A Diasporan Minister of Diaspora: A Proposal

Special for the Armenian Weekly

When the Government of Armenia decided to establish the Ministry of Diaspora in 2008, the objective was to form a partnership between the Armenian state and Armenians in Diaspora and to help strengthen the ties between Armenia and Armenians abroad, by preserving the Armenian national identity in the Diaspora and the historic homeland. This was to be accomplished by developing multiple pan-Armenian initiatives in educational, professional, entrepreneurial, cultural, social, and sports fields, as well as by combining the talents, skills, resources and capital of both Diaspora and Armenia Armenians. Thanks to the strong personality and leadership of the first and only Minister of Diaspora, Hranush Hakobyan, the Armenia-Diaspora partnership has been founded on a solid base, with many success stories.

‘Diaspora is part of Armenia’ (Photo: Scout Tufankjian)

But there are also many failures, particularly in the areas of Diaspora investment. When Karen Karapetyan, the Prime Minister of Armenia, sent an appeal recently to the Diaspora Armenians to strengthen their ties and commitment to Armenia, the response from several Diaspora organizations and activists within Armenia was mostly negative, citing several examples of failed initiatives due to corruption and bribery. Some even blamed the Armenian government for thinking of Diaspora just as a “cow to be milked” (ktan kov).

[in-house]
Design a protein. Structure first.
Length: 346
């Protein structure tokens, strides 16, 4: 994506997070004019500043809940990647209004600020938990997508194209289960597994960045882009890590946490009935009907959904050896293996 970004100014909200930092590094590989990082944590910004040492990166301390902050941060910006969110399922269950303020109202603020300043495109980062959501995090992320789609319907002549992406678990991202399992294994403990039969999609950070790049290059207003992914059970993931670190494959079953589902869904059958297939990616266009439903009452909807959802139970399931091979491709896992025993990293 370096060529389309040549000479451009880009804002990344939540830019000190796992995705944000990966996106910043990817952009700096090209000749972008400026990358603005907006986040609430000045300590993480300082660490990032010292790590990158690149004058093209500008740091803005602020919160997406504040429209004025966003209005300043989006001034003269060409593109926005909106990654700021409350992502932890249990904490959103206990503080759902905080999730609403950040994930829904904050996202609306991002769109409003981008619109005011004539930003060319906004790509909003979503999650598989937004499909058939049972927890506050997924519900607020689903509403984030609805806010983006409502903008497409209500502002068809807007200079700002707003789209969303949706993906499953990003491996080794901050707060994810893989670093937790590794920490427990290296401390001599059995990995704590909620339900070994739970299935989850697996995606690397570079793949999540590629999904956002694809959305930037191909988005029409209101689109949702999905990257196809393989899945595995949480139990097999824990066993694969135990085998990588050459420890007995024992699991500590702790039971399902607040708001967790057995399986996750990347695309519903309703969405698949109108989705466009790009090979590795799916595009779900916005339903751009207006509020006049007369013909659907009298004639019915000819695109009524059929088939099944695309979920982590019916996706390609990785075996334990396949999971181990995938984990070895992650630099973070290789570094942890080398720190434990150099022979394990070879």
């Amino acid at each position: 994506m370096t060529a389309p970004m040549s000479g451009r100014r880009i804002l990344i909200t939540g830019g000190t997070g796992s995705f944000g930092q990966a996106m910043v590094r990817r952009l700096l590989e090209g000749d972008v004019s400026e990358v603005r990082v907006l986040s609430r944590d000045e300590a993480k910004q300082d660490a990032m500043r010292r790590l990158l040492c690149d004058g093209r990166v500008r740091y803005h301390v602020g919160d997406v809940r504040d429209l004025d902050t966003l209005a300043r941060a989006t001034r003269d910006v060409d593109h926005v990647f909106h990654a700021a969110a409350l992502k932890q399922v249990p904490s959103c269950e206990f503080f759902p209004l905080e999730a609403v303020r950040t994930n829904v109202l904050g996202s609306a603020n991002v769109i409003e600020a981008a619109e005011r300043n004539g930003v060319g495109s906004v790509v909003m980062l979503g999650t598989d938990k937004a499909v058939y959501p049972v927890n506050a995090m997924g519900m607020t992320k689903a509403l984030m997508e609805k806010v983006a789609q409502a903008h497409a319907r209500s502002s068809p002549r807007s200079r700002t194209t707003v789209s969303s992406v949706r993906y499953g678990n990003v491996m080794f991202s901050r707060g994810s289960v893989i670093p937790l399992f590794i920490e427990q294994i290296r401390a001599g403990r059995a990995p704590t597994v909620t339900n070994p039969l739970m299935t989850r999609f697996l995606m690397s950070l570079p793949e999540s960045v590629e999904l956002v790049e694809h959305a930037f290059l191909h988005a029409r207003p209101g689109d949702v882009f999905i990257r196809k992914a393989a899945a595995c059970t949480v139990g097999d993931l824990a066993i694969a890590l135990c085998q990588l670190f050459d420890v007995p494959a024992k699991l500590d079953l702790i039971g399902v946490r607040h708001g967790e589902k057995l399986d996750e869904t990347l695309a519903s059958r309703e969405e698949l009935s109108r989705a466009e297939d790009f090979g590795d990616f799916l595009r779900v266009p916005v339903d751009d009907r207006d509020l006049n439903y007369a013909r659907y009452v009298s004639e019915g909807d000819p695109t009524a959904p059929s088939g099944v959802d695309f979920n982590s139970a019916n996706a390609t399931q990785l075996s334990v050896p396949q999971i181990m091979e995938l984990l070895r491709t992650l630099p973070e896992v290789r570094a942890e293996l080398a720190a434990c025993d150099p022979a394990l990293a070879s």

So, where do we go from here? Is there room for improvement? Are there better alternative ways of growing the Armenia-Diaspora partnership? Are there different ways of solving recurring issues related to mutual trust, confidence or cooperation between the partners? With the impending elections in Armenia next month, I believe it is appropriate to re-assess the form of governance for the Ministry of Diaspora.

Despite all the good intentions, goodwill, and accomplishments of the Ministry of Diaspora, there are serious problems between Diaspora Armenians and Armenia. The initial enthusiasm of the first few years is long gone, when Diaspora Armenians were much more willing to visit, live, work and play, and more significantly, invest in Armenia. There is now a general lack of trust and discontent by the Diaspora Armenians toward Armenian government leaders. When it comes to the issue of investing in Armenia, there is widespread conclusion that investments mostly disappear due to bribery and corruption. When it comes to the issue of governing Armenia, there is heavy criticism of the Armenian government leaders. Growing protests by a multitude of Diaspora intellectuals, celebrities, and artists against the Armenian government leaders is a testament to that.